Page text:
into his hand, said ; “ There's the mowSewing at once with a double thread A shroud as well as a shirt !
Her father undid the paper, and found until the very names, “ needle-work” and
four half-crowns. “ Annie,” questioned “ needle-women," become associated with
her father, “ where did this come from ?" poor half-starved creatures, doomed by
“From the sewing,” answered Annie, their employers to sit in foul atmospheres, laughing delightedly at his surprise, as she chained to their seam by the constantlyplied needle and thread, like galley-slaves escaped from his knee, and ran out of the to the oar ? And yet this continual ring of the riddle.
room, to delay a little longer the solution ing the changes on
“ Wife,” said John Linton, “it is imSeam, and gusset, and band,
possible that Annie could earn all this by Band, and gusset, and seam,
the sort of child's play girls call work ; is not such a scarecrow to all-is not al- and whom did she earn it from? I'm ways so fatal in its consequences; and, afraid there's something wrong.” And, though it may be the exception which to tell the truth, Annie Linton was pracproves the rule, in an instance we are ticing a little disguise; nor had she given about to mention, this stitch! stitch! stitch! her father all the money she had earned. was preferred—nay, as enthusiastically The sum originally was twelve shillings. followed as any branch of high art-as This was all designed for her father alone; absorbingly as a passion for music, or a but a prior claim had come in the way. It love of painting.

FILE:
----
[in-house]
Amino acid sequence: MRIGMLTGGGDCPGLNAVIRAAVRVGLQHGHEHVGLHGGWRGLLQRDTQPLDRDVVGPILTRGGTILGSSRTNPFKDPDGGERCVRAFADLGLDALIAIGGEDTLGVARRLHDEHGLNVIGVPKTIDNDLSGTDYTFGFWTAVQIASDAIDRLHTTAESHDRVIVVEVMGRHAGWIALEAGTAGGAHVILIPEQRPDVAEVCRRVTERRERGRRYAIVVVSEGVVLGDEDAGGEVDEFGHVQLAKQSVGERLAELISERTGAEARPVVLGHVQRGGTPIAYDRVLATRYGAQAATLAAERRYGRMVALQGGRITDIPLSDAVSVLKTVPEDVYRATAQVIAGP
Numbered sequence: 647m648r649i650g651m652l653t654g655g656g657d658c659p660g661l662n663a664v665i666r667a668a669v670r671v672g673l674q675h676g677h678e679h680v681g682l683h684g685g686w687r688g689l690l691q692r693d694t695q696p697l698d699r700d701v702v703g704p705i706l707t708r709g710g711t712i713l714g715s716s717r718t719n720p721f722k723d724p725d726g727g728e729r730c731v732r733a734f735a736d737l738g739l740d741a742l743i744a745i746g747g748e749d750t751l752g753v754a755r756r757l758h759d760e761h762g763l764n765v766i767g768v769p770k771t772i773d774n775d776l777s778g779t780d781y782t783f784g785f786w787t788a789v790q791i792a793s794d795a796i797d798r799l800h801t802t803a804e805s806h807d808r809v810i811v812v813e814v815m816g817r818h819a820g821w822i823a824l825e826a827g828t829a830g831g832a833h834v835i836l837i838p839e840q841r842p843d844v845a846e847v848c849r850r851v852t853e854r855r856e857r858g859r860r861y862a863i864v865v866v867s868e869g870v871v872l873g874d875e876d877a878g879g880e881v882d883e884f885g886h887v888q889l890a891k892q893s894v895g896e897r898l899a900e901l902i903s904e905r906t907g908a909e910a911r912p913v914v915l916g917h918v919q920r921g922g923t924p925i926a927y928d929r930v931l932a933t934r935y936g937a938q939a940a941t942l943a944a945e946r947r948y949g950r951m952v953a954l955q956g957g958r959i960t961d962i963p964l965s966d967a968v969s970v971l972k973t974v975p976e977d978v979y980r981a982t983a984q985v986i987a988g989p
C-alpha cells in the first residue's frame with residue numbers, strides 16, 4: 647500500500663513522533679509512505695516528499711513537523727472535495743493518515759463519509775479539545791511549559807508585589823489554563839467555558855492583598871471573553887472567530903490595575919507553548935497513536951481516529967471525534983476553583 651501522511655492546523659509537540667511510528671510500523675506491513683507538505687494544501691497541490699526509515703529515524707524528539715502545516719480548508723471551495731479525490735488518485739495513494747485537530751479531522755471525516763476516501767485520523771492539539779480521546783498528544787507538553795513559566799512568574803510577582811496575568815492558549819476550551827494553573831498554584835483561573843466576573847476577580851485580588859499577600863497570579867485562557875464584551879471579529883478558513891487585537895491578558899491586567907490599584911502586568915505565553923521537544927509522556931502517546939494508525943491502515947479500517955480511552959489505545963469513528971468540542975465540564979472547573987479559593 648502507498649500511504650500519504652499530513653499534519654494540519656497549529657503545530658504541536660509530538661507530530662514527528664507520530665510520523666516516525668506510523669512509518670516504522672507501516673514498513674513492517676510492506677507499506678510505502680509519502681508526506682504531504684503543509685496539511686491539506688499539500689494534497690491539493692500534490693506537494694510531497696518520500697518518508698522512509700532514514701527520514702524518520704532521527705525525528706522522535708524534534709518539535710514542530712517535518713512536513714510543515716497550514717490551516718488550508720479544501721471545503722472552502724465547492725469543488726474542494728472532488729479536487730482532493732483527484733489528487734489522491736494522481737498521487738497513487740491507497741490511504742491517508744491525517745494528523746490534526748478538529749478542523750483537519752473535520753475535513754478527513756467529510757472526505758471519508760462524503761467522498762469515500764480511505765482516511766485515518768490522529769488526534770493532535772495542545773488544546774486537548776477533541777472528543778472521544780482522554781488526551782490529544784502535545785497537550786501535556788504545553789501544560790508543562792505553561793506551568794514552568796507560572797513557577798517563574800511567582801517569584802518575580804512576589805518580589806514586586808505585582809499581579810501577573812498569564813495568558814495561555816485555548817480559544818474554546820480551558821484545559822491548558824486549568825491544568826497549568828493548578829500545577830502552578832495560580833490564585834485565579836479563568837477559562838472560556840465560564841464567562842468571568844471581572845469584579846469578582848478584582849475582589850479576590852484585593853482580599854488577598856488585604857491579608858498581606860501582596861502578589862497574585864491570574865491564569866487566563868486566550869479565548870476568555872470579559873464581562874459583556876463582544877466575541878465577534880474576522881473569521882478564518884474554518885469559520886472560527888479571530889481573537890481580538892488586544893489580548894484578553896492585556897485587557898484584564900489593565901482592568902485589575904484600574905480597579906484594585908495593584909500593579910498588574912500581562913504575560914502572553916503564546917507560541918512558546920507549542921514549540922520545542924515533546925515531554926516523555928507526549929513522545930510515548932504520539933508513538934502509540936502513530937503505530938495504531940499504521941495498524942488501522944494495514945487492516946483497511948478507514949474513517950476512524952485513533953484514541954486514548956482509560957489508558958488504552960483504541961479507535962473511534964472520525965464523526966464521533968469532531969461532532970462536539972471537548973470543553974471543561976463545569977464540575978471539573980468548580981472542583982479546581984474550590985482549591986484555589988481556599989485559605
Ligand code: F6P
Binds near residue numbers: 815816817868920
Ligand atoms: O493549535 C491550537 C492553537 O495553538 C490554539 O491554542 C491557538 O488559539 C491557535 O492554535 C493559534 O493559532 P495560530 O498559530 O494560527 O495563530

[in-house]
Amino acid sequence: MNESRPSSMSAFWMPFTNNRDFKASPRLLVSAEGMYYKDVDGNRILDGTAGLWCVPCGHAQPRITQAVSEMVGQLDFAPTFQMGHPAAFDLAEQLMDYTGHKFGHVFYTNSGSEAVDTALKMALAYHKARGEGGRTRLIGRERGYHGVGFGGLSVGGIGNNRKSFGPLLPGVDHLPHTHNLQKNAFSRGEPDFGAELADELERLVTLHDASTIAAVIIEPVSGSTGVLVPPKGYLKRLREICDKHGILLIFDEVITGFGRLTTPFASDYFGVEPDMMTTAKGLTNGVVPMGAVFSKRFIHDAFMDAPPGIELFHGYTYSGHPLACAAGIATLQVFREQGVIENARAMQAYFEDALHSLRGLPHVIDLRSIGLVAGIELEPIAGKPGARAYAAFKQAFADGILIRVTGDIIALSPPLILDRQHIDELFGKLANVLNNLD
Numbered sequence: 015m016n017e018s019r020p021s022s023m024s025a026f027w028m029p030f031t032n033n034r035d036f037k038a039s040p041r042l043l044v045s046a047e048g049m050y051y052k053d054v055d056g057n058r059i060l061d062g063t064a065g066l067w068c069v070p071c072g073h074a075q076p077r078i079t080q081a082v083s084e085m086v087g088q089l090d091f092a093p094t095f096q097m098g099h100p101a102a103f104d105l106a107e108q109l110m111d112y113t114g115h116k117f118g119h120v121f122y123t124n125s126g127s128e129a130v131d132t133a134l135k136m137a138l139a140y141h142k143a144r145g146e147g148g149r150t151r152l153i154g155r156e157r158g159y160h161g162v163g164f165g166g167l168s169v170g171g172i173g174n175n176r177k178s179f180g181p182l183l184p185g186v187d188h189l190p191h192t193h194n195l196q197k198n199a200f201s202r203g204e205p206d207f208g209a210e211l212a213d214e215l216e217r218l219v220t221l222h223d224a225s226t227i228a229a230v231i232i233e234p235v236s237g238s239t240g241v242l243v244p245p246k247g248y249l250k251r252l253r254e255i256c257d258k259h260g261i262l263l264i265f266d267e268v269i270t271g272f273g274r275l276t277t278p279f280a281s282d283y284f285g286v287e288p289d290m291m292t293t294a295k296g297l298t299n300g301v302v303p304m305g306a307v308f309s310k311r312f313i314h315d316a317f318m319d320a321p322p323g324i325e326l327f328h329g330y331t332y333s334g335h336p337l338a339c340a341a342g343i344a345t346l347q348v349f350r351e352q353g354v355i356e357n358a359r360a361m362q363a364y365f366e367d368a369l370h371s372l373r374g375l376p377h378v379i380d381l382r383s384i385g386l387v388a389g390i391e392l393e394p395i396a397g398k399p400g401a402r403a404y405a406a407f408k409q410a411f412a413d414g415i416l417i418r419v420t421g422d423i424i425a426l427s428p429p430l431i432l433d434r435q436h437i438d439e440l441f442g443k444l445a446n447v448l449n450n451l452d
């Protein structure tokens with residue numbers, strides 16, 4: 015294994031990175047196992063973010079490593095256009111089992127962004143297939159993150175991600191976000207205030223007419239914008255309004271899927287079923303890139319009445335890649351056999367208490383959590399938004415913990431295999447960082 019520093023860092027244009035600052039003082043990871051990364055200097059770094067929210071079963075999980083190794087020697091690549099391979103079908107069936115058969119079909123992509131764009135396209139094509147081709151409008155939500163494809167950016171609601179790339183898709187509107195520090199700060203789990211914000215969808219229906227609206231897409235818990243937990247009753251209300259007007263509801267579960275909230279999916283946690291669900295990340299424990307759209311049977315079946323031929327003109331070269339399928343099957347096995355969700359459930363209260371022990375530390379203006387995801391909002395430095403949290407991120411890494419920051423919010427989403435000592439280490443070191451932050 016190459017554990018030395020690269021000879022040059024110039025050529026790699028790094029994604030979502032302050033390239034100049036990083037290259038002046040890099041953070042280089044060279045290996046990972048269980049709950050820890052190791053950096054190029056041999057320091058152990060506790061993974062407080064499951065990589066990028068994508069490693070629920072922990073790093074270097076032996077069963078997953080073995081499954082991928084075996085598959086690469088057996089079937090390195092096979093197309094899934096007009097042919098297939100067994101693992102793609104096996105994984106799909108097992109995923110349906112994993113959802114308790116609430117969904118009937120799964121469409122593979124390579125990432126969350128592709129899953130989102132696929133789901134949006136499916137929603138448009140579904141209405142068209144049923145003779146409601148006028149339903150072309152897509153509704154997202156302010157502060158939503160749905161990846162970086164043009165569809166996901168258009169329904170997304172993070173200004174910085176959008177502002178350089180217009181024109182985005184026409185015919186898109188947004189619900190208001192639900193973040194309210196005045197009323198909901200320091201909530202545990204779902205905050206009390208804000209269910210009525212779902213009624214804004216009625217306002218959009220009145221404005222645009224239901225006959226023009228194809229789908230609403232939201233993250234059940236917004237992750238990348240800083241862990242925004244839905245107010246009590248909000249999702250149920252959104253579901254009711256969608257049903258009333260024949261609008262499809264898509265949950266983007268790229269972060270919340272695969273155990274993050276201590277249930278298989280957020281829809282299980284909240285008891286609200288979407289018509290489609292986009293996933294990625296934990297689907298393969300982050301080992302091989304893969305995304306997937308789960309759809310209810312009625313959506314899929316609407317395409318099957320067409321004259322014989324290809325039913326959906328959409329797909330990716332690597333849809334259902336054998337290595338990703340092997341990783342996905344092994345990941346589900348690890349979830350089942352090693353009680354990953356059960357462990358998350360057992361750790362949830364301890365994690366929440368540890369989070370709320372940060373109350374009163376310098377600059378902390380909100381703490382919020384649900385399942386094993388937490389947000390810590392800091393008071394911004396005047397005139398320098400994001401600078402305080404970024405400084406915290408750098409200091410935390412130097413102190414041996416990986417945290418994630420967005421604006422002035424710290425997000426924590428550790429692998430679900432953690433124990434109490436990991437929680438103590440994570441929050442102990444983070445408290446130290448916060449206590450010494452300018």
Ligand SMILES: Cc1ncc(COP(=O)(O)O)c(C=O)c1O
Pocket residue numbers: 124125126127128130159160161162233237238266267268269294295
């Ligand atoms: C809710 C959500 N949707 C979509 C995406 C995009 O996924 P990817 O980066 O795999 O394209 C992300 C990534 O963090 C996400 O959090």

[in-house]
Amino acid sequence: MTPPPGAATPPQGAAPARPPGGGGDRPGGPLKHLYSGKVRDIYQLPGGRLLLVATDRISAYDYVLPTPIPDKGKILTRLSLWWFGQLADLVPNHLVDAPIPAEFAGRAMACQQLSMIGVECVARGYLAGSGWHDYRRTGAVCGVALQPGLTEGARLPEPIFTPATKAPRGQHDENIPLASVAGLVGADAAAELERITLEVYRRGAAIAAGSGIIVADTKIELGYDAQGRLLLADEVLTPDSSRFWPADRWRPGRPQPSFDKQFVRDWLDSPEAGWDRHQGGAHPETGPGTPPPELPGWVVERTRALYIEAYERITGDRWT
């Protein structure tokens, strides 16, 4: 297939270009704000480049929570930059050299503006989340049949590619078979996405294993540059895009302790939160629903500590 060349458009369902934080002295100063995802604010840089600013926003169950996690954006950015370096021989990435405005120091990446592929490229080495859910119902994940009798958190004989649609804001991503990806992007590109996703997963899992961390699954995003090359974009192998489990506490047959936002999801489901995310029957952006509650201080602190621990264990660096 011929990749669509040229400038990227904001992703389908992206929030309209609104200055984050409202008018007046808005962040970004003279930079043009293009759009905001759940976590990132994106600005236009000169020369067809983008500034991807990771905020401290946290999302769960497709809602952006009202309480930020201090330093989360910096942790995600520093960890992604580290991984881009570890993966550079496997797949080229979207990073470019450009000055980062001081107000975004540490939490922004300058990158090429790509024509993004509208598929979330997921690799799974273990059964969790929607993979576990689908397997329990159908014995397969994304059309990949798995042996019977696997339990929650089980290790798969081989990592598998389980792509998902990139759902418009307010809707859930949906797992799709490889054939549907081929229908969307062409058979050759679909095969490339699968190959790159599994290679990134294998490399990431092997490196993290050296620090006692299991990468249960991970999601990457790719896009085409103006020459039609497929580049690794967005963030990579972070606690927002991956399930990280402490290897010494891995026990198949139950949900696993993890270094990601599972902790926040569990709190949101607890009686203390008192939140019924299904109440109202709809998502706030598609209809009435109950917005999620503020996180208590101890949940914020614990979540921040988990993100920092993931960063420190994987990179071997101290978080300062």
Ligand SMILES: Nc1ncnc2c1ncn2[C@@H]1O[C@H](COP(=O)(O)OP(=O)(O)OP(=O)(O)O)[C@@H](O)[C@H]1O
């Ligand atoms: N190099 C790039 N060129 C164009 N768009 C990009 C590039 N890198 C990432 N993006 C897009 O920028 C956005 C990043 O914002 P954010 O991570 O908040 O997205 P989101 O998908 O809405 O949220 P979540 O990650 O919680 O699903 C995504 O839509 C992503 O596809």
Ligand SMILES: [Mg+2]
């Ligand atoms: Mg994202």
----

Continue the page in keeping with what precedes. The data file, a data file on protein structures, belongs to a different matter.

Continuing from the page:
was cold winter weather, and the children Annie Linton was the best sewer in of the school brought the forms, in a sort Mrs. Roy's school ; and the mistress de- of square, round Mrs. Roy's fire. Annie, clared, on inspecting the first shirt she who was a favorite of the mistress, always made for her father, " that the Duke of occupied a warm corner close to her own Buccleuch himself might wear it!” This big chair. On the day in question, Mrs. was high praise for little Annie, who was Roy happening to be out of the roomonly eleven years of age ; and she never “I'll change seats with you, Jessie forgot it. Her work was the neatest and Wilson, if you ’re cold,” said Annie, adthe cleanest ever seen. Then she did it dressing a little girl, a very book-worm, so quickly, her mother could not keep who, clad in a threadbare printed cottonpace with her daily demand for “some- gown, sat shivering over her lesson. thing to sew.”